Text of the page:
Meanwhile, the Education Department and MOHELA will be processing student loan forgiveness for PSLF borrowers on a rolling basis as they review and approve borrowers’ PSLF Employment Certifications. MOHELA is the department’s PSLF loan servicer.

Borrowers Who Don’t Qualify For Loan Forgiveness Now May Still Benefit

Not every borrower will receive immediate student loan forgiveness under the IDR Account Adjustment. Borrowers may receive retroactive credit toward their 2o or 25-year student loan forgiveness term (or toward PSLF), but still be well short of the threshold for loan forgiveness. However, that retroactive credit will still be beneficial for millions of borrowers, potentially shaving off years of repayment and advancing their progress toward eventual debt relief.

The Education Department’s implementation of the IDR Account Adjustment is currently prioritizing borrowers who have reached the IDR threshold for student loan forgiveness now. Borrowers who receive IDR credit, but are short of their loan forgiveness milestone, should receive more specific details about where they stand sometime in 2024. PSLF borrowers should receive notifications of PSLF credit on a rolling basis.

Some Borrowers Seeking Loan Forgiveness May Need To Take Action

The IDR Account Adjustment is being implemented automatically for all borrowers with government-held federal student loans. This includes all Direct federal loans, as well as some Family Federal Education Loan (FFEL) program loans held by the Department of Education. There is no formal application that borrowers must submit to qualify for, or benefit from, the IDR adjustment.

However, some borrowers will need to take action to qualify for student loan forgiveness or otherwise benefit from the initiative. This includes the following:

  • Borrowers with commercially-owned FFEL loans and other non-government-held federal student loans such as Perkins loans must consolidate those loans via the federal Direct consolidation program before December 31, 2023. Other borrowers, such as Parent PLUS borrowers and borrowers with multiple loans that have significantly different histories, may also want to consider consolidation by that deadline to maximize the benefits available under the adjustment.
  • Borrowers seeking PSLF credit under the IDR Account Adjustment must complete and submit PSLF Employment Certification forms before December 31, 2023.
  • Borrowers who expect to receive significant IDR or PSLF credit under the adjustment, but still be short of the threshold for immediate student loan forgiveness, should consider switching to an IDR plan if they are not already in one as student loan payments resume later this summer.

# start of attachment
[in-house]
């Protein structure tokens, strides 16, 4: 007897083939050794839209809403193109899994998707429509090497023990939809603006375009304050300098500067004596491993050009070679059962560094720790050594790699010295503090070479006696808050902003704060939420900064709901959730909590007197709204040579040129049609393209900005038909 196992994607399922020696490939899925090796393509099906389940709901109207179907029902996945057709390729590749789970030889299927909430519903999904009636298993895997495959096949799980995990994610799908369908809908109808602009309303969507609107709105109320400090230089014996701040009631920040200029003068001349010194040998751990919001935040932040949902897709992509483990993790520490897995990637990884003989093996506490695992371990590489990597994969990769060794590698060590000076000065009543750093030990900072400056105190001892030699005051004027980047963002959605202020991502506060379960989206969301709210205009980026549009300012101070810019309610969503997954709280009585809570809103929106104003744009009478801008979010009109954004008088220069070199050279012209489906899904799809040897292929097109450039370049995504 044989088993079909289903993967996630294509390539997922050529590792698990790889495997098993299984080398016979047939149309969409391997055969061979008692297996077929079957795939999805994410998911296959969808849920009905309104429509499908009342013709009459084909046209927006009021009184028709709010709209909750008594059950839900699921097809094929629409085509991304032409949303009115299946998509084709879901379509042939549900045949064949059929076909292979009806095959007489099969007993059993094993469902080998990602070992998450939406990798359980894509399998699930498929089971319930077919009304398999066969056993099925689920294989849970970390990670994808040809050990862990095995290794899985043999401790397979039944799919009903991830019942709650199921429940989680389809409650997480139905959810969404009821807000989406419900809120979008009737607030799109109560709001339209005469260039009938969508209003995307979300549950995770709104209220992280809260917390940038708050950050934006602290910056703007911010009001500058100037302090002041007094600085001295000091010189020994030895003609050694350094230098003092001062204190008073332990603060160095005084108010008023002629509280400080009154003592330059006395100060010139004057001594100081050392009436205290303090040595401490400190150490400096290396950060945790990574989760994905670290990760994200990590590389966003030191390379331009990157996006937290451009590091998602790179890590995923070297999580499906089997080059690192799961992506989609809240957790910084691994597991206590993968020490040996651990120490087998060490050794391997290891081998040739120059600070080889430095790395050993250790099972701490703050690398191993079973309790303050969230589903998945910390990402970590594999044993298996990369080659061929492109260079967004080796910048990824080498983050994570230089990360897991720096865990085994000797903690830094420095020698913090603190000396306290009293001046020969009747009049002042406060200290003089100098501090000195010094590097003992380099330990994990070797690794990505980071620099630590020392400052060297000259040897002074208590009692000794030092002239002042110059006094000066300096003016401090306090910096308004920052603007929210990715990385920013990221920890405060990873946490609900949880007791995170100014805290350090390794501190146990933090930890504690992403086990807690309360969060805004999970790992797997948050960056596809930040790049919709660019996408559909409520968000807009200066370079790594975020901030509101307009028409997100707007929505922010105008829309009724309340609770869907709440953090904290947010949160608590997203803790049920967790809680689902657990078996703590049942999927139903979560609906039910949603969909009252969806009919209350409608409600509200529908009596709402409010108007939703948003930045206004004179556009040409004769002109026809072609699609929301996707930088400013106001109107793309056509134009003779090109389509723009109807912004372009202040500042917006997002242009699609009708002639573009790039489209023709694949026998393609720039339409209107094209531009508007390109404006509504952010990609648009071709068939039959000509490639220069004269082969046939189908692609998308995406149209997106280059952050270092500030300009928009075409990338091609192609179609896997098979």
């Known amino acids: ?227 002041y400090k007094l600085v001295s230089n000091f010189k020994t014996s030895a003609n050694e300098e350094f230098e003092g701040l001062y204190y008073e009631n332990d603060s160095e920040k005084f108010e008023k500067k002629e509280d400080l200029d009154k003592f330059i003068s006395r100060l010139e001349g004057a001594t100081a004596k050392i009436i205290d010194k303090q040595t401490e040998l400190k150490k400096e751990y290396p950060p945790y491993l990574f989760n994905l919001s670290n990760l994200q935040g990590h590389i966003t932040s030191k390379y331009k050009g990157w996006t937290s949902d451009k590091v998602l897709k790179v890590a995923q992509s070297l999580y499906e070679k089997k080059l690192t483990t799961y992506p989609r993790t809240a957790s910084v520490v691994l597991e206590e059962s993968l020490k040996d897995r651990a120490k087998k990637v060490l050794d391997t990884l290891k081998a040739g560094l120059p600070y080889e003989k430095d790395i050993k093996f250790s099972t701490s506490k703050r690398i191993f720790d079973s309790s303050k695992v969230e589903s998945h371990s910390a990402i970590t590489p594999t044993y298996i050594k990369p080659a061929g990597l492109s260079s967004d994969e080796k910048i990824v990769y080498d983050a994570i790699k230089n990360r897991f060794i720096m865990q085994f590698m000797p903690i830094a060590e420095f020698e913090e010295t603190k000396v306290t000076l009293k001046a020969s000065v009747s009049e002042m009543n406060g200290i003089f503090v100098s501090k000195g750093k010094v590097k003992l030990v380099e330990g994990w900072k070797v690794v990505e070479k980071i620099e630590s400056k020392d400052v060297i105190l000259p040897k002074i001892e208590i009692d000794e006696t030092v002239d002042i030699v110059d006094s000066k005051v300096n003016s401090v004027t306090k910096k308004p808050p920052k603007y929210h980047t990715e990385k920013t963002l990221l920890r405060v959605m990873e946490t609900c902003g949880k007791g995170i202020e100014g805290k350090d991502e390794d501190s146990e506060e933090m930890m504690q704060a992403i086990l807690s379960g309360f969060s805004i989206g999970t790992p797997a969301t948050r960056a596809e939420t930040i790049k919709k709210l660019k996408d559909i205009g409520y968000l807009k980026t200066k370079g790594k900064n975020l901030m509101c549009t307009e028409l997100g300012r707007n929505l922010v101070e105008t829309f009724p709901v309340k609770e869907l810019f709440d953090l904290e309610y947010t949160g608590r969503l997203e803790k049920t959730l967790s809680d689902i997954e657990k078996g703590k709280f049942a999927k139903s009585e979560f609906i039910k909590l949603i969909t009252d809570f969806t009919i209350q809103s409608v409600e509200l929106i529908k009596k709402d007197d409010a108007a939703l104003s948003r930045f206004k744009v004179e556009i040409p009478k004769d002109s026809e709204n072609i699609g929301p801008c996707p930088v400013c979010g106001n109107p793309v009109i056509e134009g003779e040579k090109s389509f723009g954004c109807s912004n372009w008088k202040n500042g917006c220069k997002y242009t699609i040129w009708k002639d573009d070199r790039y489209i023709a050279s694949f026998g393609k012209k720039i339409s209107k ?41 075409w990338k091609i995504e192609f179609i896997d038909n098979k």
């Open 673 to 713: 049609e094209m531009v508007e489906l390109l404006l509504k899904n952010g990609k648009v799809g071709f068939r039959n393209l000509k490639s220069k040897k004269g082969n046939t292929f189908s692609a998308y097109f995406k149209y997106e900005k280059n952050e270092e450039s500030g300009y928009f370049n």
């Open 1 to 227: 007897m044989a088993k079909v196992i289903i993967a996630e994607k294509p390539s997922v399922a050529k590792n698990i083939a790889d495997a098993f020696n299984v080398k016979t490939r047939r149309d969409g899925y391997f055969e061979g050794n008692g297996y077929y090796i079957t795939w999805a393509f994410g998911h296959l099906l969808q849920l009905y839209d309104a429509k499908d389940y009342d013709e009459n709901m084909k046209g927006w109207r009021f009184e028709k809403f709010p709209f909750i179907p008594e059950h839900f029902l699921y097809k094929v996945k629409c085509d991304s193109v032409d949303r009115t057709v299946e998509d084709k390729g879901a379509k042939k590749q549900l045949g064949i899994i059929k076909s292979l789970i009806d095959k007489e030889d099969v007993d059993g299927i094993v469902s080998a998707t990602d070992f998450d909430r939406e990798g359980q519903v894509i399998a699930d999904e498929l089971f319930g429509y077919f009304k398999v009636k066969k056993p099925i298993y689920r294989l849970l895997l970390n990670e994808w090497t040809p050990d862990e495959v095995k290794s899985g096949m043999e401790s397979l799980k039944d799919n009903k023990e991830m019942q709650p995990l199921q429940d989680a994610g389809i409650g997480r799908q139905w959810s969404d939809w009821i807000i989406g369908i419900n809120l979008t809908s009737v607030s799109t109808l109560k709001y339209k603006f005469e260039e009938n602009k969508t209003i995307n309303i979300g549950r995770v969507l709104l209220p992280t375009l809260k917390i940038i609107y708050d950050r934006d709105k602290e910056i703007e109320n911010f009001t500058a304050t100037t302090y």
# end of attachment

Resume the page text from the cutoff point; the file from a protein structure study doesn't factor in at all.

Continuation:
The Biden administration issued comprehensive guidance on the IDR Account Adjustment in the spring. Borrowers are encouraged to review that guidance, which includes a robust set of Frequently Asked Questions.

Data Glitches Could Interfere With Student Loan Forgiveness Under Adjustment

The Education Department does not have the manpower to manually review 40 million borrower accounts as it implements the IDR Account Adjustment. Instead, the department will be running borrower accounts through computer programs that will automatically count loan periods toward IDR student loan forgiveness.

This method has clear benefits, as implementation will take months rather than many, many years if this had to be implemented manually. However, there will inevitably be data errors or system problems that may result in some erroneous determinations.

Borrowers who believe they qualify for student loan forgiveness under the IDR Account Adjustment, or determine that certain periods that should have been counted were in fact rejected, can request a manual review. Borrowers can submit a complaint via the FSA Feedback System or the Education Department’s Ombudsman Group.

Further Student Loan Forgiveness Reading

Your Student Loan Payment Plan Could Get Eliminated — Here’s Why

Biden Announces $116 Billion In Student Loan Forgiveness, With More Coming

Here’s When Student Loan Payments Resume, And What Borrowers Should Do Now

4 Big Student Loan Updates When Payments Resume (And They Resume Soon)